Wind barriers and radiant heaters are part of a $3.5 million plan to shield the walkway from the elements.

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Thousands of people who make the quarter-mile walk from a light-rail train to Seattle-Tacoma International Airport will soon be shielded from the elements.

High-strength plastic wind barriers, bright ceiling paint, radiant heaters and four electric golf carts for people who have trouble walking would be provided in a $3.5 million plan, to be funded by airport operating revenues. Port of Seattle commissioners will vote Tuesday, as the first crowds of Thanksgiving travelers make their train-to-plane connections.

Improvements would begin late this year and be finished by summer.

On clear winter days, when the wind prevails from the north, visitors can feel cold blasts that include fumes from Alaska Airlines jets near their gates. More commonly, dank air carried on southern winds makes travelers uncomfortable.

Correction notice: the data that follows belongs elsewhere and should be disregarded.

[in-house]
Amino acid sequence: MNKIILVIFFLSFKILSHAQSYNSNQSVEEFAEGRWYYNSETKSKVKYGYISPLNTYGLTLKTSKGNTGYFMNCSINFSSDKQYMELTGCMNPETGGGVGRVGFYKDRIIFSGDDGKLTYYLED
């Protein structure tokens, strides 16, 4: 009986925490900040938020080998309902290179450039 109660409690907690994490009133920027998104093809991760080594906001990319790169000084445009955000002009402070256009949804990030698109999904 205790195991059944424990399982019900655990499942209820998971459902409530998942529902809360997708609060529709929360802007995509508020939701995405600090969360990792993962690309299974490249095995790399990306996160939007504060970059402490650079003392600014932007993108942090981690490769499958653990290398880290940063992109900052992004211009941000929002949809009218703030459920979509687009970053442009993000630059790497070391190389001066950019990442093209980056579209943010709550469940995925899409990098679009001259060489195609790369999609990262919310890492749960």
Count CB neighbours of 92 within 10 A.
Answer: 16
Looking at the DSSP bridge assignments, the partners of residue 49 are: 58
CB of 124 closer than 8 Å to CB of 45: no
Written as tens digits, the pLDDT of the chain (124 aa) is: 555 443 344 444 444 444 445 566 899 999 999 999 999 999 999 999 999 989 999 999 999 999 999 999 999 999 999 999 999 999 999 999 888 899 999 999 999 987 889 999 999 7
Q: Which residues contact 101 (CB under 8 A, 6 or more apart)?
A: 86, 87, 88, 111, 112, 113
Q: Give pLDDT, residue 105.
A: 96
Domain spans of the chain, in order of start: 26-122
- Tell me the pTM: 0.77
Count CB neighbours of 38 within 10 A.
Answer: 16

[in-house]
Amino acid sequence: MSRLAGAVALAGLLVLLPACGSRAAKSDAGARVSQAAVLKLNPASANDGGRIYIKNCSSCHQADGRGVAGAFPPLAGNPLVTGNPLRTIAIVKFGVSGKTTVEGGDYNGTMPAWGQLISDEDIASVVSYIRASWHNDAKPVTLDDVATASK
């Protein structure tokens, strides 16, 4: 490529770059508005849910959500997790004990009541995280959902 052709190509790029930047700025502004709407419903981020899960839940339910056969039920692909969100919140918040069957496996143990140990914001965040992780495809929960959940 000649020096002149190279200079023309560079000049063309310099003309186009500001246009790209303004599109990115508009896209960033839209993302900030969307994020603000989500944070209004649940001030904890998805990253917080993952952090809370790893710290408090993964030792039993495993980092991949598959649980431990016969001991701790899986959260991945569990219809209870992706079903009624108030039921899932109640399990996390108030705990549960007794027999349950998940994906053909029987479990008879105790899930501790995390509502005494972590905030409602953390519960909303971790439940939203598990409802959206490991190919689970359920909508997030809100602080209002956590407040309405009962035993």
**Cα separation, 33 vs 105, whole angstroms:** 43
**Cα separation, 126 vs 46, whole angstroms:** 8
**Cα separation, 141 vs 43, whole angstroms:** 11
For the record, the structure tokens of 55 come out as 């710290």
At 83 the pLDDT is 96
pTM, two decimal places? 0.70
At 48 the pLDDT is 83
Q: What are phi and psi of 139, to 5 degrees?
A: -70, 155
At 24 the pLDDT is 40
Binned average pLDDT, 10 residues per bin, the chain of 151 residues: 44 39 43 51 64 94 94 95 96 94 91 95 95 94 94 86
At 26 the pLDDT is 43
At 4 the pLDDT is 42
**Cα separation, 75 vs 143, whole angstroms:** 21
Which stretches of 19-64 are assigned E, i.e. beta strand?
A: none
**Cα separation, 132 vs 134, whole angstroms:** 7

SeaTac/Airport Station has often been panned by people complaining about the walk, via a pedestrian bridge and the north edge of the main parking garage.

When it opened in December 2009, U.S. Rep. Jim McDermott, D-Seattle, leaned into the cold weather and predicted that authorities would eventually improve the causeway. “Getting started is the hard part,” he mentioned.

Voters recently approved tax increases for eight rail extensions, including a direct connection to Federal Way in 2024 and Tacoma by 2030.

Despite its naysayers, the train stop is doubling original ridership estimates and now serves about 7,000 daily boardings, and an equal number arriving.

The amenities will help Sea-Tac’s international airport-service quality rating, a staff report says. The airport ranked 15th of 25 peers last year, and the Port has set a goal of reaching the top five.

Sea-Tac has no immediate plans for conveyor-belt walkways, as in Portland or Denver, because changing elevations in the walkway here make them too expensive, officials say.

On a related issue, commissioners are holding a meeting Tuesday to discuss long-term ideas to improve transportation around the expanding airport, which is on track to become one of the nation’s 10 busiest. Patronage grew 13 percent last year to 115,000, an influx similar to the entire population of Bellevue every day.